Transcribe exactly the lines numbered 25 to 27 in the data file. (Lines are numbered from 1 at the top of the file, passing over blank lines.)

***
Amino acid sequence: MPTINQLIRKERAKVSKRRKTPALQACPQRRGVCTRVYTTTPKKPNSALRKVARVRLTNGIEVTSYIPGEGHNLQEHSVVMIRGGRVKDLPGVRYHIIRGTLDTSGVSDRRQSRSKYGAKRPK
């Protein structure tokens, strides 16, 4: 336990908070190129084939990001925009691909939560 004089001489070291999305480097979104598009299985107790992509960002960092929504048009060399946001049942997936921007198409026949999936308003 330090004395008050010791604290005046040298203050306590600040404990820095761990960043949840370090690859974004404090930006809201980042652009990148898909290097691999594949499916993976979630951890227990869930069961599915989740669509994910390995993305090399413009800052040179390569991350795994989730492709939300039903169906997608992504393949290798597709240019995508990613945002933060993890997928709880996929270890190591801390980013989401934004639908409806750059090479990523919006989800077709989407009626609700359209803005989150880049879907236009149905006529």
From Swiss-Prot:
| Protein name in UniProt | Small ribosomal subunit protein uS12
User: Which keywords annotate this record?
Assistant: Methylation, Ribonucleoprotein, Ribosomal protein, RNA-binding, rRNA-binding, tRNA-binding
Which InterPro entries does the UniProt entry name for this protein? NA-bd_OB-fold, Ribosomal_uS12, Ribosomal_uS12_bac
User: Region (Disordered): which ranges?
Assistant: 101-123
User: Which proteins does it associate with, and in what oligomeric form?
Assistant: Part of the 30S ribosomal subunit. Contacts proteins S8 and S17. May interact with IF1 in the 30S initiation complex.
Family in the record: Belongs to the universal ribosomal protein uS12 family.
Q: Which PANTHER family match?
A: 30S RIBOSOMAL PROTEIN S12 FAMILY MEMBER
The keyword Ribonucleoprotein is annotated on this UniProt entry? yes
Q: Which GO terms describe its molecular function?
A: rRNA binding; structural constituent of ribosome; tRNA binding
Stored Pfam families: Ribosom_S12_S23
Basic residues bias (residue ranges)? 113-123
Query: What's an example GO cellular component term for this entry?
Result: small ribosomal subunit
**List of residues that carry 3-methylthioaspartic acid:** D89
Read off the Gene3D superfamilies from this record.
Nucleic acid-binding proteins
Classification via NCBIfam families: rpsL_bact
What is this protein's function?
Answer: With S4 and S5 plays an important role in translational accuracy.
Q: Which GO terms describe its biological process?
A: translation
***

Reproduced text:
Classification via NCBIfam families: rpsL_bact
What is this protein's function?
Answer: With S4 and S5 plays an important role in translational accuracy.